Last summer, on my 40th birthday, two significant things happened. I started studying Zohar, and I found out I’d been nominated for an award. I didn’t realise at the time how connected these things were.
The news about the award came out of the blue. I got an email from the charity Wizo, telling me I had been nominated for an award called Commitment to Israel, and that I had been shortlisted as one of three finalists.
A month later Wizo told me I had won. They presented me with the award at a posh gala dinner in London and told me I’d be getting a free trip to Israel as part of the prize.
I was excited at the prospect of another Israel trip, and I felt so happy and proud to win the award. Then, my ego got to work. I had won an award. I was an award winner. How thrillingly important I must be!
When they took me to Israel, all that came crashing down. In a really good way.
We visited Wizo projects, starting with the Rainbow House in Haifa. For over 40 years the House has helped women from less privileged backgrounds to help themselves launch careers as beauticians.
Two women in particular, an Ethiopian called Goodei Abar and a Holocaust survivor called Ruth Galiliee, blew me away with their stories. Not just the stories. Their smiles made me cry.
Then we went to the WIZO Ahuzat Yeladim School, which is a therapeutic haven for children who suffer from behavioral or emotional problems. This magnificent institution saves and enhances the lives of vulnerable kids.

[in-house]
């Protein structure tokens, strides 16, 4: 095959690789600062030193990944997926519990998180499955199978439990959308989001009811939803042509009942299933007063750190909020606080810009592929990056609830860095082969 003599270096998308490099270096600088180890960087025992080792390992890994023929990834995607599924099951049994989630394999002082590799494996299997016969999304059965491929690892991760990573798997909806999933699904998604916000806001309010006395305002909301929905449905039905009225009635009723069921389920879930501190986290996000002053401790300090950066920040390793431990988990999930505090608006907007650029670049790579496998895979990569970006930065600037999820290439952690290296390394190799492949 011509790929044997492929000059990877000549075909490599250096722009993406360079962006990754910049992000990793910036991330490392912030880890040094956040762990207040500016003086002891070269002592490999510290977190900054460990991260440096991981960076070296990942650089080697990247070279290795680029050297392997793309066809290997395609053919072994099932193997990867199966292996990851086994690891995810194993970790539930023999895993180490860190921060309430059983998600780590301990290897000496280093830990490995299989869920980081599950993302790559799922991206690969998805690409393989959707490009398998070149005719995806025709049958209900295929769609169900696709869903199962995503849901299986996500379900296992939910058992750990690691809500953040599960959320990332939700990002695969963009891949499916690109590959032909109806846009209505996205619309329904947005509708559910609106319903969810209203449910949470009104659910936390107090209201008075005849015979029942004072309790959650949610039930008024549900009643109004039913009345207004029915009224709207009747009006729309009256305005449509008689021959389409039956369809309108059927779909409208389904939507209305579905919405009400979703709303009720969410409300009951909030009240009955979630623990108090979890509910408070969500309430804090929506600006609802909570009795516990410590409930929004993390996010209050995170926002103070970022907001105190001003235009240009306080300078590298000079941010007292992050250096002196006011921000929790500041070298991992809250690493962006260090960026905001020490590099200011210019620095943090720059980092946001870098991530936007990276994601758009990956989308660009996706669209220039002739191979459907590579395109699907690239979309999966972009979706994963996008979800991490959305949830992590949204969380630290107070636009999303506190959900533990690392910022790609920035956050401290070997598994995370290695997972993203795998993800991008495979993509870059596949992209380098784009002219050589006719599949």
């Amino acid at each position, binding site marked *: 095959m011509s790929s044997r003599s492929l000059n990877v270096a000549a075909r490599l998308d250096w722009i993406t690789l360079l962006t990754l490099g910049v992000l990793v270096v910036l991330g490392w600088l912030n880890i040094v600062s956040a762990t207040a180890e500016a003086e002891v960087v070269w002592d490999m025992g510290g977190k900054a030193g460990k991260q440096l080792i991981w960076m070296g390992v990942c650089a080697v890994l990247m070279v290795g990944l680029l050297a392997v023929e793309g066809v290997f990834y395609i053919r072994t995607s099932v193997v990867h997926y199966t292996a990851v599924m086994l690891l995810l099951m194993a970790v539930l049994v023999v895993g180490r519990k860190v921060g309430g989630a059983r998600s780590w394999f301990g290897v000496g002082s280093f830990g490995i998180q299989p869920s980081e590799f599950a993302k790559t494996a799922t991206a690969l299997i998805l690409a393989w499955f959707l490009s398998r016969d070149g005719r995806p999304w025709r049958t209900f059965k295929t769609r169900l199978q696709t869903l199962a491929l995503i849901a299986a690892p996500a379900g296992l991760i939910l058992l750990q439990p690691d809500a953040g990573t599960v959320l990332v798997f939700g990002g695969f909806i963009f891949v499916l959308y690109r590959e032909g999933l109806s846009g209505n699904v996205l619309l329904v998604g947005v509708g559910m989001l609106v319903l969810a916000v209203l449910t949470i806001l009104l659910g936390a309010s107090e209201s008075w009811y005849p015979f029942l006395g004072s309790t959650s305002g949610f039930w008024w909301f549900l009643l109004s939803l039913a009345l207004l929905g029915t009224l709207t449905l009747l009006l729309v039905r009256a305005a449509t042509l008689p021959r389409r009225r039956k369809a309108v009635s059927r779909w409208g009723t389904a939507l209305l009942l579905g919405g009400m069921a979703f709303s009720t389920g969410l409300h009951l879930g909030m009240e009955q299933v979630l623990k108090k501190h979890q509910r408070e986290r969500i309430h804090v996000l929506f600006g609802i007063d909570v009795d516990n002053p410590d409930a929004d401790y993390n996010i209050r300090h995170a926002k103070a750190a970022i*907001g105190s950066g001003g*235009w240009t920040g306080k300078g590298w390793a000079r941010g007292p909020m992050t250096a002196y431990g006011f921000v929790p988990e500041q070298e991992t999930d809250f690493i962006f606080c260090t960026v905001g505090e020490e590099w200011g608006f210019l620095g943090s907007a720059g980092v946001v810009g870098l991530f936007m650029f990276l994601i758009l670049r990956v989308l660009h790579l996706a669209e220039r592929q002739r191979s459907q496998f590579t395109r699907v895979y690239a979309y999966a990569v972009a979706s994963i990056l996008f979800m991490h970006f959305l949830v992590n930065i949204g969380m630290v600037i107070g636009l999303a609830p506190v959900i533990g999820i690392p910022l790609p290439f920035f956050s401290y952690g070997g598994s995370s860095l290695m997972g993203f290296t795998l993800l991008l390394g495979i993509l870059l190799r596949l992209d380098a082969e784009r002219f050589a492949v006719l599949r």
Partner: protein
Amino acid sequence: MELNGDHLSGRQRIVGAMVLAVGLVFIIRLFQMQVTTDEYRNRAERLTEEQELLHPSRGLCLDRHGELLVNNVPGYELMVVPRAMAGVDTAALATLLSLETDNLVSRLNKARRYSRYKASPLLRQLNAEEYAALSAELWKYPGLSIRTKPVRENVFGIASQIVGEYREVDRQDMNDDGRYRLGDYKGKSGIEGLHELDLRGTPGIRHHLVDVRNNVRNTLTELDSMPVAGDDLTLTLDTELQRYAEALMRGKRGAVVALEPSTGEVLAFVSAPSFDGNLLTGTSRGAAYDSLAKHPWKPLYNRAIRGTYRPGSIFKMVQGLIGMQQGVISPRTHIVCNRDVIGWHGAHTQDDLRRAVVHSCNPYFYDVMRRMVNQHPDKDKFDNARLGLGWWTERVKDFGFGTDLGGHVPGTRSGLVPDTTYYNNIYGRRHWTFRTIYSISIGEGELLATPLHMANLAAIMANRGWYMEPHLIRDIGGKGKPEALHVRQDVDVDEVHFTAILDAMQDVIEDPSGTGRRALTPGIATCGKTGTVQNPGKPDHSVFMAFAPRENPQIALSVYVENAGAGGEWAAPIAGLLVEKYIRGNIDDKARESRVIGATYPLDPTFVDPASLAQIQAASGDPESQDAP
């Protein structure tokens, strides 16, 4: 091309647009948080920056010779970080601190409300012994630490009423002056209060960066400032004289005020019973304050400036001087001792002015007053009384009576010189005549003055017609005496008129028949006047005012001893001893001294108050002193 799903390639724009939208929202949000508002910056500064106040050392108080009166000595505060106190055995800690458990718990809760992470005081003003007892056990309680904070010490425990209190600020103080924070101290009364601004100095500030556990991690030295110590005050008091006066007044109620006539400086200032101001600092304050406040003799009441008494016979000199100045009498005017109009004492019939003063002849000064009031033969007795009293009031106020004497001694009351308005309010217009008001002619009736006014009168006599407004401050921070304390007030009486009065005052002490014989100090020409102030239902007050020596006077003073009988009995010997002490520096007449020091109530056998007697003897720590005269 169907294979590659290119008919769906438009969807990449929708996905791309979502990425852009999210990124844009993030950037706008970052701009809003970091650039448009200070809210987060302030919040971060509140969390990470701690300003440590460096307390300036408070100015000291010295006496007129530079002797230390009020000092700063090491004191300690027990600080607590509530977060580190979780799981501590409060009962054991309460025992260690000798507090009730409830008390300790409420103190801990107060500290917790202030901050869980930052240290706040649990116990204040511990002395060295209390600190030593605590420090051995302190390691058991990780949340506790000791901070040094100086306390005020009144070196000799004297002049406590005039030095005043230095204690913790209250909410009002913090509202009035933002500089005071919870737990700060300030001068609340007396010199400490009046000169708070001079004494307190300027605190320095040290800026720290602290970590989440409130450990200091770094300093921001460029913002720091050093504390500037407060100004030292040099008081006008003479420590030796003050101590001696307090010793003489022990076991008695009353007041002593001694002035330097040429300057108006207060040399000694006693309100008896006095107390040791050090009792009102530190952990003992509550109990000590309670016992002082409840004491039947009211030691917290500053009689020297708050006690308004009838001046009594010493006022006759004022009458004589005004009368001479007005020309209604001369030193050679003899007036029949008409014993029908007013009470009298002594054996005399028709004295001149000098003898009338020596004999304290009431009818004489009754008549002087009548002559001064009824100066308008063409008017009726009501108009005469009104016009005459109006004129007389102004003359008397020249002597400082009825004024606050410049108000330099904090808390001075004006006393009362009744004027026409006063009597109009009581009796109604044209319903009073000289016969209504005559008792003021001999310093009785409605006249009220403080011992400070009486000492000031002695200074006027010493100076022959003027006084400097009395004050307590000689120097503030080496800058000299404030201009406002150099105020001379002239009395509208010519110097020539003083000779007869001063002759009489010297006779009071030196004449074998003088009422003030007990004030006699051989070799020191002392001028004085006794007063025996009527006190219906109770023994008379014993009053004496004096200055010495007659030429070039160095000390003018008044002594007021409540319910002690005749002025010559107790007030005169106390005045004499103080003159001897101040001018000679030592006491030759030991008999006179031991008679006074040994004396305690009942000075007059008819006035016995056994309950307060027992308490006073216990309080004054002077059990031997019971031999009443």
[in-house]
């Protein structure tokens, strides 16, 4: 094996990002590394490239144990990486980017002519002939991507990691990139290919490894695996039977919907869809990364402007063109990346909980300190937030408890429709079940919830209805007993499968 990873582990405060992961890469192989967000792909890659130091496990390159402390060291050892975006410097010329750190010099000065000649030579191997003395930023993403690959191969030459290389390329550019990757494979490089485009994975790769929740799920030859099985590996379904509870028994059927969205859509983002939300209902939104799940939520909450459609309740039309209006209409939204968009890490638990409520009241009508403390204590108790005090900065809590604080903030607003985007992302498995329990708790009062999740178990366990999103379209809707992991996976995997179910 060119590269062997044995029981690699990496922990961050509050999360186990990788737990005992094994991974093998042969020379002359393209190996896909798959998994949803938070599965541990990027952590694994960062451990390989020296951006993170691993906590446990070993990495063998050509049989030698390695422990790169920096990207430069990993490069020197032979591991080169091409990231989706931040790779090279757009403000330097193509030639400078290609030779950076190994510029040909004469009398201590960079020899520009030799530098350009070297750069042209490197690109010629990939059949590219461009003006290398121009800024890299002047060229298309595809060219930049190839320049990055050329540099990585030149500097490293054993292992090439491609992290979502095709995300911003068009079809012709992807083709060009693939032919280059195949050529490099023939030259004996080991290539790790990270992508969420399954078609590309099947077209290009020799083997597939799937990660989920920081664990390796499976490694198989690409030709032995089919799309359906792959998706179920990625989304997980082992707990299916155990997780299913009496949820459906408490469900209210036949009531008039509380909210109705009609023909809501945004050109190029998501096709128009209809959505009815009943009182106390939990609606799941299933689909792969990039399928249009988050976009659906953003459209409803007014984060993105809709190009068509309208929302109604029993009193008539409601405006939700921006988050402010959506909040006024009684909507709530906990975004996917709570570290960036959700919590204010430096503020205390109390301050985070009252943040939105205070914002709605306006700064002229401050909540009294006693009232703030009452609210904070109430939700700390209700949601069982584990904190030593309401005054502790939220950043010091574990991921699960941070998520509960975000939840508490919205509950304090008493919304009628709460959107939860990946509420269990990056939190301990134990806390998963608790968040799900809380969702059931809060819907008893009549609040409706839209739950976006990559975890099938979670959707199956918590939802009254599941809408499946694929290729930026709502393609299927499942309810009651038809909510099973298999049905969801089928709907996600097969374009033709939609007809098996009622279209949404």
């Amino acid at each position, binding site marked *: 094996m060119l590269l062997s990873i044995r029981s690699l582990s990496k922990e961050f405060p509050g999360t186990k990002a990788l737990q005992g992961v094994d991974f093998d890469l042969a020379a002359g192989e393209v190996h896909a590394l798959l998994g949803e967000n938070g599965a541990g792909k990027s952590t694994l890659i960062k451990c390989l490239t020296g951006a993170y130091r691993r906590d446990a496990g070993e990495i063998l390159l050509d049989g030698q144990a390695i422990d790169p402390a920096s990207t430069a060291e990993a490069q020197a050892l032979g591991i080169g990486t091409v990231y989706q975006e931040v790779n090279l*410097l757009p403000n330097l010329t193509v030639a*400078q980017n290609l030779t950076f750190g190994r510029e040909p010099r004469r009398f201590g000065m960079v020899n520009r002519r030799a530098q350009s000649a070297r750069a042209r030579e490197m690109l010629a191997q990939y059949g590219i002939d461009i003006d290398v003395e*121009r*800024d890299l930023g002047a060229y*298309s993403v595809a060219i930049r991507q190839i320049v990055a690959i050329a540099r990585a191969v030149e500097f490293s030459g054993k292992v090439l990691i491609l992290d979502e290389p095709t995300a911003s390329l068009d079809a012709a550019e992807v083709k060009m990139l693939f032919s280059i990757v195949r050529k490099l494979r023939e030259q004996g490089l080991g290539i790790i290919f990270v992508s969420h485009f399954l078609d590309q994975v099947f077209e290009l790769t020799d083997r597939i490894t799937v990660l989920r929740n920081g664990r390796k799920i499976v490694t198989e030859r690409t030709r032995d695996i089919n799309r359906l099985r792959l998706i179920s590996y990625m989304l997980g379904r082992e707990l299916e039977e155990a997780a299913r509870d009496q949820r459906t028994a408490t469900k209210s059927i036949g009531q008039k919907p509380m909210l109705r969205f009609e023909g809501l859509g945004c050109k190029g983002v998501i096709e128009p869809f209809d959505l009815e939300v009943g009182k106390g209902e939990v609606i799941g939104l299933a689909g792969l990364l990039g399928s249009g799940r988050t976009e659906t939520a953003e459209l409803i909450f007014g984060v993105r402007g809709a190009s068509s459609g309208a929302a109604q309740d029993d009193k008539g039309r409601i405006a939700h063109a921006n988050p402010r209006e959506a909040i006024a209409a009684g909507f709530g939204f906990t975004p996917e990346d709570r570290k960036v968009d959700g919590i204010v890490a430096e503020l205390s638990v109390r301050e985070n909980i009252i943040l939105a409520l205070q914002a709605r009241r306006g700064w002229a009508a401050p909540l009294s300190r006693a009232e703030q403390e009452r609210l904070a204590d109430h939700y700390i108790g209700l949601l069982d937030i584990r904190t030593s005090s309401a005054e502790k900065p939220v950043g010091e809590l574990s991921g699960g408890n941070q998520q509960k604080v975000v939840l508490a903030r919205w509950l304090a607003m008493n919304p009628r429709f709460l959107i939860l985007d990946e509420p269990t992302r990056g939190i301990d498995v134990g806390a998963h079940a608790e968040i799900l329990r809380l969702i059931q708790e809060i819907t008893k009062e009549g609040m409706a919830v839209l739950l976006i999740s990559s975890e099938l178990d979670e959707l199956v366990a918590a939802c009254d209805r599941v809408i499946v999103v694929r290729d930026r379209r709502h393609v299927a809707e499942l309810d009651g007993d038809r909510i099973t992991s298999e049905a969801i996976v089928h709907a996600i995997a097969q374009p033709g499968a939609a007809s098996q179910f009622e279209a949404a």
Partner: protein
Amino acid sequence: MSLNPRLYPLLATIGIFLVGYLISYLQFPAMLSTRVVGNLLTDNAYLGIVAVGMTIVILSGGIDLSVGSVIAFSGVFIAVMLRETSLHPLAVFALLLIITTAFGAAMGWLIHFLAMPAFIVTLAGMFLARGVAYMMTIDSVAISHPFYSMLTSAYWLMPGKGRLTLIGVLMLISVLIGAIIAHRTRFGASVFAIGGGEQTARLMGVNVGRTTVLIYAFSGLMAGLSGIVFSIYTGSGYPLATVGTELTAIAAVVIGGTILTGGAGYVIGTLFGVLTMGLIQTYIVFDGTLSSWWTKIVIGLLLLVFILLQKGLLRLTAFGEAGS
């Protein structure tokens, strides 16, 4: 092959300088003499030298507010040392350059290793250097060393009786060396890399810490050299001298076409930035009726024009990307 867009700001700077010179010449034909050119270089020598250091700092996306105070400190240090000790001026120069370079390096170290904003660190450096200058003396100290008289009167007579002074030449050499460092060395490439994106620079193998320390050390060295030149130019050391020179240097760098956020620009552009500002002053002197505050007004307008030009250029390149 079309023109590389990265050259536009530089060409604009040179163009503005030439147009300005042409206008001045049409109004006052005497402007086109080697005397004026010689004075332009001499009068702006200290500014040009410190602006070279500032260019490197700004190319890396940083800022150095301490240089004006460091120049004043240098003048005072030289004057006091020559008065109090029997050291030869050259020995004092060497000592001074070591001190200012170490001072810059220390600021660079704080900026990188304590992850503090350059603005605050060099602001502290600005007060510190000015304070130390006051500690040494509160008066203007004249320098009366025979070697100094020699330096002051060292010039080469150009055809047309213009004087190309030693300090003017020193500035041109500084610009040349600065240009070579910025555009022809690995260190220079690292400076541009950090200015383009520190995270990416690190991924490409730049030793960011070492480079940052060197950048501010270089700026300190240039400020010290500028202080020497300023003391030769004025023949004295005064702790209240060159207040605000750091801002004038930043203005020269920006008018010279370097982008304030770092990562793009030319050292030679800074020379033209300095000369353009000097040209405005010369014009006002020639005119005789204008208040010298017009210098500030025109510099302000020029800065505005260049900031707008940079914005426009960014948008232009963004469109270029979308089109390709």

We met the project’s manager, Yossi Saragossi, a magnificent man with the wisdom of an elder, the spring (and hair) of a youth, and the love of an angel. He’s a dude, and he’s fifth from the left in this photo.
And so to Jerusalem, to Wizo’s flagship project, the Rebecca Sief Center for the Family. This phenomenal institution serves thousands of people in a variety of ways including day care for hundreds of toddlers and children, skills training for teenagers, and support for victims of domestic violence.
As we were shown around the building, a group of children smiled at us as they sang and danced to a Purim tune.
The volunteers and staff who run these projects are the ones who show commitment to Israel. I was humbled in the presence of the shiny, smiley faces of these beautiful beacons. They kept repeating the same message: to give is to receive.
Here is the connection. Two of the messages I keep taking from my Zohar study are how vital it is to deflate your ego, and that to give is to receive. How fitting that on the same day I had begun studying Zohar, I received an email about an award that would ultimately whisk me to Israel where my ego would be battered and where I would see, over and over, that to give is to receive. That was the real prize.
And then, having visited these projects, where the Zohar lessons were brought to life, I went to Tzfat, the home of Kabbalah, for the first time. And I felt reborn that day.
So life didn’t so much begin at 40 for me – it restarted. Thank you Wizo. Thank you Israel. Hugs and admiration to you all.